May 2, 2011

Schechita Debate Reverts to Stunning, This Time by the EU

New York… The year was 1956 as the US Congress was listening to arguments to exempt kosher slaughter (schechita) from new humane slaughter laws. It was the late Dr. Isaac Lewin, a leader of the worldwide Agudath Israel movement that had testified before a Congressional committee on the humaneness of kosher slaughter. He and others were able to prove that the Jewish method of slaughter, a sharp and instant cut to the throat immediately rendered the animal unconscious. The European Union recently passed an amendment to a new food labeling bill that would require kosher slaughtered meat to be labeled “unstunned before slaughter.” The bill will come before the entire European Parliament for a second reading and vote in July. The stunning amendment was previously rejected by the parliament on the bill's first reading in December 2010.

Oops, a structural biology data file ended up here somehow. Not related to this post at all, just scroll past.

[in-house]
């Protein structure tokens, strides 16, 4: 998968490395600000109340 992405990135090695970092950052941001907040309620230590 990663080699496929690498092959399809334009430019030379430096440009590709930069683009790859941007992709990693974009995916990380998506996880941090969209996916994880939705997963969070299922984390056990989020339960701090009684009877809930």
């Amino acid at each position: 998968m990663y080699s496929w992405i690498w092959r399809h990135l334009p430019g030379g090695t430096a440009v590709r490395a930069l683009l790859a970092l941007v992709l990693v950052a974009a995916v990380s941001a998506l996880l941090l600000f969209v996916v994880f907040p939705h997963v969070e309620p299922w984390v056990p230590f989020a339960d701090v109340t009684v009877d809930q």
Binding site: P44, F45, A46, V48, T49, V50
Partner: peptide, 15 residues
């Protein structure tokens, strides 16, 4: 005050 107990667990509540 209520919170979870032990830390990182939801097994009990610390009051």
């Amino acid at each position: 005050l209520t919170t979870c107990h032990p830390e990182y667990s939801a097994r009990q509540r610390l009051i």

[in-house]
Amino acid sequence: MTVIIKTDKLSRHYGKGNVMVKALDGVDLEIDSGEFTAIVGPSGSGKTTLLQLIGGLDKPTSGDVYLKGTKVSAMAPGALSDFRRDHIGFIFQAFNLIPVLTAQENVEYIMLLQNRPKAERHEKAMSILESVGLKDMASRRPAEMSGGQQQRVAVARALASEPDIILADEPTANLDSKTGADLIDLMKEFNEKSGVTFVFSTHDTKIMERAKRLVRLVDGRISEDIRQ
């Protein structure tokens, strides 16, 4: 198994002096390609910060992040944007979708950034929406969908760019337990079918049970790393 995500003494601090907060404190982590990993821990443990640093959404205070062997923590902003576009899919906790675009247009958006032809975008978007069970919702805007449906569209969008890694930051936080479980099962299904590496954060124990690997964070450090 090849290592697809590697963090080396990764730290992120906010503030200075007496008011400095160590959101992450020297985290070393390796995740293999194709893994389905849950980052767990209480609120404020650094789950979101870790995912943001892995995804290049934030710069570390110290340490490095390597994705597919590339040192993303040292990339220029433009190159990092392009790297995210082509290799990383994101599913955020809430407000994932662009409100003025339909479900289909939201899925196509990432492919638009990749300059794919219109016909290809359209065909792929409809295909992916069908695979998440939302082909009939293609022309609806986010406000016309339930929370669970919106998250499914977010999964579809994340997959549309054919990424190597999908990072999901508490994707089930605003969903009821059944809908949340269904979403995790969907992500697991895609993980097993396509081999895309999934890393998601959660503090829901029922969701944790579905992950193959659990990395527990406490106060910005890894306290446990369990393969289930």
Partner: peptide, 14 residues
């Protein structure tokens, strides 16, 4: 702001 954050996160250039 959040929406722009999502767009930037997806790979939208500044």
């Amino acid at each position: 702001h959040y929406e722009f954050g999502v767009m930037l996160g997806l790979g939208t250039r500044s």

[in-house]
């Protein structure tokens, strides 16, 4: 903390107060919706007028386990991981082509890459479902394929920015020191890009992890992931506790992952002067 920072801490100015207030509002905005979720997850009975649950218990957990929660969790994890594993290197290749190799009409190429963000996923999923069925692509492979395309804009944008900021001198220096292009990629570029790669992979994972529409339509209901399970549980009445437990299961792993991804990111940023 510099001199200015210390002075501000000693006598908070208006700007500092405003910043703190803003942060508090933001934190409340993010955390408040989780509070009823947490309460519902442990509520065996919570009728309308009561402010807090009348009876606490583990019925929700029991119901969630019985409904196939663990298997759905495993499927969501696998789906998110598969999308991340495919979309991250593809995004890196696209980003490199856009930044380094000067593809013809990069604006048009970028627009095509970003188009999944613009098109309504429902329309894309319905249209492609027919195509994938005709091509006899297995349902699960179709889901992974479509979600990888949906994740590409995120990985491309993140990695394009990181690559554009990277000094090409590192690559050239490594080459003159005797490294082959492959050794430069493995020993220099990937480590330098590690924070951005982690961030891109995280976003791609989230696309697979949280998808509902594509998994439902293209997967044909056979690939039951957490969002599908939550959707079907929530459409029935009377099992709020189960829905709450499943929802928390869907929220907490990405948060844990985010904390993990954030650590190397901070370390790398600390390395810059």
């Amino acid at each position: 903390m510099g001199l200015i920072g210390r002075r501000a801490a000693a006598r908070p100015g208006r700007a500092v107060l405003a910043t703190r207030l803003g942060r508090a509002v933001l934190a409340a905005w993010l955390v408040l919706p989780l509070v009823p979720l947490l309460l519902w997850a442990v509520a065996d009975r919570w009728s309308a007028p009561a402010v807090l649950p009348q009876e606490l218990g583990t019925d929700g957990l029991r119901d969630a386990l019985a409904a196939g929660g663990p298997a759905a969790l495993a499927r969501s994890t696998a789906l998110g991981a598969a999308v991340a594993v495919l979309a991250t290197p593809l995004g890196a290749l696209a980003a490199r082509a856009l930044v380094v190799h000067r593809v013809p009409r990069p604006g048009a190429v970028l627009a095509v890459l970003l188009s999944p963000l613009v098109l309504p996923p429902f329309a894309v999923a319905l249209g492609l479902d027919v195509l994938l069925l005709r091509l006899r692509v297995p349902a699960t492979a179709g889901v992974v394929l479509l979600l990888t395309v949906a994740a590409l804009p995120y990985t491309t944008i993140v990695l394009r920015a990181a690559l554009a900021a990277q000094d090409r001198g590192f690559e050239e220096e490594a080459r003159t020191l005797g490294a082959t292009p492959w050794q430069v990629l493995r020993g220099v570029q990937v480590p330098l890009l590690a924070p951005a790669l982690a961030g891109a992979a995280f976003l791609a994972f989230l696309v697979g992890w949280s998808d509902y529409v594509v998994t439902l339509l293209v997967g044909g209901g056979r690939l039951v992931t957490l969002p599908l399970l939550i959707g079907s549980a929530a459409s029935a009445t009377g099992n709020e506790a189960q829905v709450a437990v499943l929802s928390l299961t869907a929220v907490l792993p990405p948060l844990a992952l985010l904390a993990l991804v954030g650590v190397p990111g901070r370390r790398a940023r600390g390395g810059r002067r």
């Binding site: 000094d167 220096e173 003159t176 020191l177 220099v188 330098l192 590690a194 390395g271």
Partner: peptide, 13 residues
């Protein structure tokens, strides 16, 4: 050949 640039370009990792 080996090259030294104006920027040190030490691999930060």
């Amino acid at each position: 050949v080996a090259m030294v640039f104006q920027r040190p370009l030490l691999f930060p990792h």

Schechita UK has taken a lead role in lobbying EU ministers to vote against the bill. What irks many Jewish activists is that the new initiative is based on “old beat-up arguments” that have never been proven to be true, as one rabbi put it. In fact, Dr. Temple Grandin, considered the world’s foremost expert on humane welfare issues in an article reprinted in the Forward (May 6, 2011) dismisses the significance of stunning in kosher slaughter. For example, in the slaughter of kosher poultry, she writes: “Poultry can be slaughtered easily with a sharp knife and there is no need for stunning.” She makes the same case for other animals. Animal rights extremists continue to target kosher slaughter throughout the world. They were successful in New Zealand, which Dr. Grandin points out relied on faulty research that was based on a machine sharpened knife “that may have been too short.” The Dutch Parliament also seems close to banning schechita, which will affect the country’s 45,000 Jews. In a phone conversation with KosherToday, a leading rabbi called the efforts of the animal rights extremists as “simply another form of anti-Semitism since they chose to ignore the scientific data that clearly shows that kosher slaughter is the most humane form of the slaughter of animals.” He said that the new proposed bans would create enormous hardships on the Jewish communities of Europe in not only directly impacting the supply of kosher meat and poultry but even for abattoirs to sell the “non-kosher parts of the animal,” which can account for 70% of the sale.